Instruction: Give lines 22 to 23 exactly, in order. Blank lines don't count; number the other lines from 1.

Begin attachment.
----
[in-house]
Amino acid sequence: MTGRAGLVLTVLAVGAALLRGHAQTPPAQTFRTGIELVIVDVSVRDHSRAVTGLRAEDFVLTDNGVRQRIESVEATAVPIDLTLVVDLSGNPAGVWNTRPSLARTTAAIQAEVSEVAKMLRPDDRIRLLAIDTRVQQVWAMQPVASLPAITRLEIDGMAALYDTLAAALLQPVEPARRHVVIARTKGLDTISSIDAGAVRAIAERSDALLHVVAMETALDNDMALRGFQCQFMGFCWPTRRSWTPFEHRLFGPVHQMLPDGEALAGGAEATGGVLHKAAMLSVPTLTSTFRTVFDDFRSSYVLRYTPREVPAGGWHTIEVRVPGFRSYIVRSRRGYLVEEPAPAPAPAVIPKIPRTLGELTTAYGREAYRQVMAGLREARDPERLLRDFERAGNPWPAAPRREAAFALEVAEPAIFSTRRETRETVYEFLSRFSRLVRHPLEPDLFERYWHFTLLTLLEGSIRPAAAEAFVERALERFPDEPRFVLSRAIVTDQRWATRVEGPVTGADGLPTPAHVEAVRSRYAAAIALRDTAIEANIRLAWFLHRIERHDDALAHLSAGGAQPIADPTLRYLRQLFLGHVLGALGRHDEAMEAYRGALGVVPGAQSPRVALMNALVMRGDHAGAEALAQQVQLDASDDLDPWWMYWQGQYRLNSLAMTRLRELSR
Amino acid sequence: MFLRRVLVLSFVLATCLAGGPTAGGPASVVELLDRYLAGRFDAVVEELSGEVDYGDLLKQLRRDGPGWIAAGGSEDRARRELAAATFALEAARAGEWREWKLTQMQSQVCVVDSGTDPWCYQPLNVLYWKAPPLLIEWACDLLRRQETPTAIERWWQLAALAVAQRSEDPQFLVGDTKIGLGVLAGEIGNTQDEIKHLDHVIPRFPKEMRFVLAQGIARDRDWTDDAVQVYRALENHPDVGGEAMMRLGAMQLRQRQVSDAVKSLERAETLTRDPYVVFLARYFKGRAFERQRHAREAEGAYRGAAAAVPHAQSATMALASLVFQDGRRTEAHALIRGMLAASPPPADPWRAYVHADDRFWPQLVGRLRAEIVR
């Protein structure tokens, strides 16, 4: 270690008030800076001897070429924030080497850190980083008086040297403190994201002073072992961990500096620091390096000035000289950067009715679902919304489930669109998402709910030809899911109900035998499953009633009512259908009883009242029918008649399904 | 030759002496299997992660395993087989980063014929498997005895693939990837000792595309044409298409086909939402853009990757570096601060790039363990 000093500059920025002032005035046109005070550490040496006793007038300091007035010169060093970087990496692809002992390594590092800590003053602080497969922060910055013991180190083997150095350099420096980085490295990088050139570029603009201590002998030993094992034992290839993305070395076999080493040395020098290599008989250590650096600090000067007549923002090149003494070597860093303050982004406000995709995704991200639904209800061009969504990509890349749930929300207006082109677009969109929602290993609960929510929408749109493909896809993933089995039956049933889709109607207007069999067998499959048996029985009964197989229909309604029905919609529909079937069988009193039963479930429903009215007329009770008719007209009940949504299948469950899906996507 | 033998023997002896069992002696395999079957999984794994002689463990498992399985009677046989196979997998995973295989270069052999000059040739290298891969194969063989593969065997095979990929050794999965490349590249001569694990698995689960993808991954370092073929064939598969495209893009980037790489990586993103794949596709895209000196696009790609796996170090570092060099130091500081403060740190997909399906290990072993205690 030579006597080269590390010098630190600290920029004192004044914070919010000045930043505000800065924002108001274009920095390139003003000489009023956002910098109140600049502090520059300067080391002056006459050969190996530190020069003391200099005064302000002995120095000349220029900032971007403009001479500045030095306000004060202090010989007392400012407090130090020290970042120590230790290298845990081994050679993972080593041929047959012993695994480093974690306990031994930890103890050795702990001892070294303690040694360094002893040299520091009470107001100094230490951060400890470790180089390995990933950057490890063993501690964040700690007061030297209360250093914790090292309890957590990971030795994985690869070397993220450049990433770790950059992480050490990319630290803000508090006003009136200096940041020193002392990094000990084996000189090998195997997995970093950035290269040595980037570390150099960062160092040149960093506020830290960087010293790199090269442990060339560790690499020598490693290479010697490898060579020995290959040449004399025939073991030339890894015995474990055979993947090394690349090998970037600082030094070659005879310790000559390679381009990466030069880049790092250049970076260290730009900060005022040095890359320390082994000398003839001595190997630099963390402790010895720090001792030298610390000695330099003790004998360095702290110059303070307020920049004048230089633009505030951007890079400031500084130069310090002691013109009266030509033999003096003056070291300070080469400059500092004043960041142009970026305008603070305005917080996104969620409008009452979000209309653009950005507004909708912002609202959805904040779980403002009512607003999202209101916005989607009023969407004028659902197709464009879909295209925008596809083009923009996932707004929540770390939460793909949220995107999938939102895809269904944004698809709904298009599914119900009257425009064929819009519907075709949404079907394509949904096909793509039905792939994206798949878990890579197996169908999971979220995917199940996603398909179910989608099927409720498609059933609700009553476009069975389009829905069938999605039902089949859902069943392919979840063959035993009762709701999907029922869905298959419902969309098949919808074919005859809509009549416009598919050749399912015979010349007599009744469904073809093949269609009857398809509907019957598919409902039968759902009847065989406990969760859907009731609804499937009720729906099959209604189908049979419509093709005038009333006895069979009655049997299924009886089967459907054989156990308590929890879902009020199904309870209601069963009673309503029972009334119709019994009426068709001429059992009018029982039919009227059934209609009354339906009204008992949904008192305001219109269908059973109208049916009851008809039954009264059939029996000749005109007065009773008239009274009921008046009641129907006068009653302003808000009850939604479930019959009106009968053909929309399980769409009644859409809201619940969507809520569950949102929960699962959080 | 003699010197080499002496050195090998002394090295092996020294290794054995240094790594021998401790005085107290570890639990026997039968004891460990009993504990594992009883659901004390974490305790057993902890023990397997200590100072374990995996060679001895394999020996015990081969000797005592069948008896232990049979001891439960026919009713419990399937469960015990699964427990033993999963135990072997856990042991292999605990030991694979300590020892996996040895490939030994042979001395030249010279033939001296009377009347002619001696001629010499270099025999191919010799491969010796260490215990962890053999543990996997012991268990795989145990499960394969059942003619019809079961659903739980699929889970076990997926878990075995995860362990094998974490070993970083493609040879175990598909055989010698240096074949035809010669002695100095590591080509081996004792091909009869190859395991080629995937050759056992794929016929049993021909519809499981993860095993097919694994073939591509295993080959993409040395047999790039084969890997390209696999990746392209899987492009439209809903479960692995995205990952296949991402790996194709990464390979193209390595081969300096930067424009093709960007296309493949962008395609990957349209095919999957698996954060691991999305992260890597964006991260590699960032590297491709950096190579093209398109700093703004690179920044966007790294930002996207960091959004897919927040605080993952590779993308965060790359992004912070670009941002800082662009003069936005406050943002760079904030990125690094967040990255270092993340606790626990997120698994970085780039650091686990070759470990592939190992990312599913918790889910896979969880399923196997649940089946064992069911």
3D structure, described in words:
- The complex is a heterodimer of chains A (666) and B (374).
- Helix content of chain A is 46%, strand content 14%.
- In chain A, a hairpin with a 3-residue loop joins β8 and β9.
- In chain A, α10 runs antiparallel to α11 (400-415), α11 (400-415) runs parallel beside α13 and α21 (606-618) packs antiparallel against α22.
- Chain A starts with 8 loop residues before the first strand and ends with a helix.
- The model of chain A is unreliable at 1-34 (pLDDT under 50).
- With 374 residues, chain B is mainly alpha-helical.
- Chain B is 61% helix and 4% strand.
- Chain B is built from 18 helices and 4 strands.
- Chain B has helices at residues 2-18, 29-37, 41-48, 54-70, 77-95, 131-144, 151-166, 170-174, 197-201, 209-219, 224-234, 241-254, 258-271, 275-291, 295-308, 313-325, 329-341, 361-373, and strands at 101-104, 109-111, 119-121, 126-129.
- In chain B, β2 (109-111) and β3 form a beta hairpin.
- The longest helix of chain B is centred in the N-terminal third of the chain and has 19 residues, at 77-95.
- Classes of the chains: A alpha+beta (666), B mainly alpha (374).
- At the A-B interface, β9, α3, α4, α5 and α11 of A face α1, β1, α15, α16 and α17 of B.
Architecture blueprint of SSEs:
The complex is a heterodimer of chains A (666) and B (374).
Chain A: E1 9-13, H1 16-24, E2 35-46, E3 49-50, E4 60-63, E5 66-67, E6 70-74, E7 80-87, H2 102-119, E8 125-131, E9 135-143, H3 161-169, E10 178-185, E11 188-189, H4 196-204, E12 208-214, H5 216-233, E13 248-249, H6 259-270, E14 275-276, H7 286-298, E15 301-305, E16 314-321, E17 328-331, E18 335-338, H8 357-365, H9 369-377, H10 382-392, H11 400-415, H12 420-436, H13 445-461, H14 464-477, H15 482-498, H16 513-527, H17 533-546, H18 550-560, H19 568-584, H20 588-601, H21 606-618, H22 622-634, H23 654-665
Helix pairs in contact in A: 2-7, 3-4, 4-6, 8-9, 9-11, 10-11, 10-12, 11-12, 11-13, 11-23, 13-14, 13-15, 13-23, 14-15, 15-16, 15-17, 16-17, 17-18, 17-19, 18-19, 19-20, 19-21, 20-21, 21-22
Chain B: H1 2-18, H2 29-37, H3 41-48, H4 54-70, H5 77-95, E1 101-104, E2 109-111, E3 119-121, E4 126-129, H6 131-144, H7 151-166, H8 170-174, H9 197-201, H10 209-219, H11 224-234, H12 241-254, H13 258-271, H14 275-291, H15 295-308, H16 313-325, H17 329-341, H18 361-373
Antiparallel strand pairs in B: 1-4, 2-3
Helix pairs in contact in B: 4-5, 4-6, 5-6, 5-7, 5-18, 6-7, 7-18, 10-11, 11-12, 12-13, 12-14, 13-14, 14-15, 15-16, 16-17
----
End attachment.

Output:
Chain A: E1 9-13, H1 16-24, E2 35-46, E3 49-50, E4 60-63, E5 66-67, E6 70-74, E7 80-87, H2 102-119, E8 125-131, E9 135-143, H3 161-169, E10 178-185, E11 188-189, H4 196-204, E12 208-214, H5 216-233, E13 248-249, H6 259-270, E14 275-276, H7 286-298, E15 301-305, E16 314-321, E17 328-331, E18 335-338, H8 357-365, H9 369-377, H10 382-392, H11 400-415, H12 420-436, H13 445-461, H14 464-477, H15 482-498, H16 513-527, H17 533-546, H18 550-560, H19 568-584, H20 588-601, H21 606-618, H22 622-634, H23 654-665
Helix pairs in contact in A: 2-7, 3-4, 4-6, 8-9, 9-11, 10-11, 10-12, 11-12, 11-13, 11-23, 13-14, 13-15, 13-23, 14-15, 15-16, 15-17, 16-17, 17-18, 17-19, 18-19, 19-20, 19-21, 20-21, 21-22